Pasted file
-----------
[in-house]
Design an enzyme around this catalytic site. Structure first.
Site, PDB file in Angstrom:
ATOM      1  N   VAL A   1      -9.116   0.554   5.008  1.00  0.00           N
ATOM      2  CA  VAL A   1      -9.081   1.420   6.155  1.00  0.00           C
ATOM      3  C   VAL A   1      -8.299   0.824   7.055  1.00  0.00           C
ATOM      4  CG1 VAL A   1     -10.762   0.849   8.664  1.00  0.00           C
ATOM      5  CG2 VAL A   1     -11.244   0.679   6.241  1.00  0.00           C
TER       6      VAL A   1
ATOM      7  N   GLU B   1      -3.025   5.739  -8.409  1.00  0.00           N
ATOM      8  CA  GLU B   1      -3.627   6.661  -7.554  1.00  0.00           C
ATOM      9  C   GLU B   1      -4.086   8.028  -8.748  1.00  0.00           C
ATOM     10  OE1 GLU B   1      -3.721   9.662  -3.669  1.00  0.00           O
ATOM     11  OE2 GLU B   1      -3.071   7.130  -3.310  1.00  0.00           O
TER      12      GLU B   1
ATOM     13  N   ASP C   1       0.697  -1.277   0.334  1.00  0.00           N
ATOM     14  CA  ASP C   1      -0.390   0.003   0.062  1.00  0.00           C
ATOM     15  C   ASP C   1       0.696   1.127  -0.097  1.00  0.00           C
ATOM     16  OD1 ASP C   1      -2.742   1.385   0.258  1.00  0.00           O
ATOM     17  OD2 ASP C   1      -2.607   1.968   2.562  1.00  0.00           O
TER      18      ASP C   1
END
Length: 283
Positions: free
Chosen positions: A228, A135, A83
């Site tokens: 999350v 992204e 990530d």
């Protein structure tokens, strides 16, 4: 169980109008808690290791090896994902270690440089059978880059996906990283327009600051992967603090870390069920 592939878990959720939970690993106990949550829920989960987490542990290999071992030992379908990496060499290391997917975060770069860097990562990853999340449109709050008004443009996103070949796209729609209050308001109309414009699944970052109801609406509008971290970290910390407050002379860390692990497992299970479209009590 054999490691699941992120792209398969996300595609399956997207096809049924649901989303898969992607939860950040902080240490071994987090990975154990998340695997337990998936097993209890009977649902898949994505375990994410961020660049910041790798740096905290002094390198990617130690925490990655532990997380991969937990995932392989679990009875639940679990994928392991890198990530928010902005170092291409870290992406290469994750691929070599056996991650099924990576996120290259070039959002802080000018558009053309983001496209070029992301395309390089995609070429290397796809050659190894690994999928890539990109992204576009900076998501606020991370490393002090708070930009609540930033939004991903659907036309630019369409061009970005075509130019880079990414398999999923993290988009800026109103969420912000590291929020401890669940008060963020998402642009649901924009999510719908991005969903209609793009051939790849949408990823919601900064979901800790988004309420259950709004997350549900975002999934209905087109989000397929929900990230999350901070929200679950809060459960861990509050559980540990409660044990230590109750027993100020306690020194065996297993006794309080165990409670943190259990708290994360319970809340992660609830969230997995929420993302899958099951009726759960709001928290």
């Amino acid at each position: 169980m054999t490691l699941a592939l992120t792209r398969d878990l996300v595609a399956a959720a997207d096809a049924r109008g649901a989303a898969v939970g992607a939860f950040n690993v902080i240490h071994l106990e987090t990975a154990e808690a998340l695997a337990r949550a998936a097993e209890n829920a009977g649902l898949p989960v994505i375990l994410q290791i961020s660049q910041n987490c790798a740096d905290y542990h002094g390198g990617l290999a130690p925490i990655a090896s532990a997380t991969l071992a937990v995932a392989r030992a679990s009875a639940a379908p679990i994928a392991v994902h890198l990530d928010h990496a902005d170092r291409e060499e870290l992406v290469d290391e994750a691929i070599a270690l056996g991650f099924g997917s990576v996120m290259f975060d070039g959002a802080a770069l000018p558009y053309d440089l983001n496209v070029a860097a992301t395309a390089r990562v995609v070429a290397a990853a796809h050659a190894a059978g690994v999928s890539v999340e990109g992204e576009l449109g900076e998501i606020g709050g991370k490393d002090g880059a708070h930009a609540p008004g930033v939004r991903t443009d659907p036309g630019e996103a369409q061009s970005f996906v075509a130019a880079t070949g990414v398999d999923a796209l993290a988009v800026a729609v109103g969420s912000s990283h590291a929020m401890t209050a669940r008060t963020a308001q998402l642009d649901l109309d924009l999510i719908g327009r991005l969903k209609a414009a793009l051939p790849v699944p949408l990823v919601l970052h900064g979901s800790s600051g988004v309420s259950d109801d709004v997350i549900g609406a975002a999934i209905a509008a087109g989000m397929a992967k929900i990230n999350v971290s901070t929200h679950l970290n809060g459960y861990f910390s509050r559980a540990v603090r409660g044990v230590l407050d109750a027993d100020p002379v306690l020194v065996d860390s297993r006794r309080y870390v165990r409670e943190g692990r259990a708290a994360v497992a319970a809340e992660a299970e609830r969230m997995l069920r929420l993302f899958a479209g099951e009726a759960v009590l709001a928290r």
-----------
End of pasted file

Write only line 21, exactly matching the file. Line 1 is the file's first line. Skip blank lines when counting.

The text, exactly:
TER      18      ASP C   1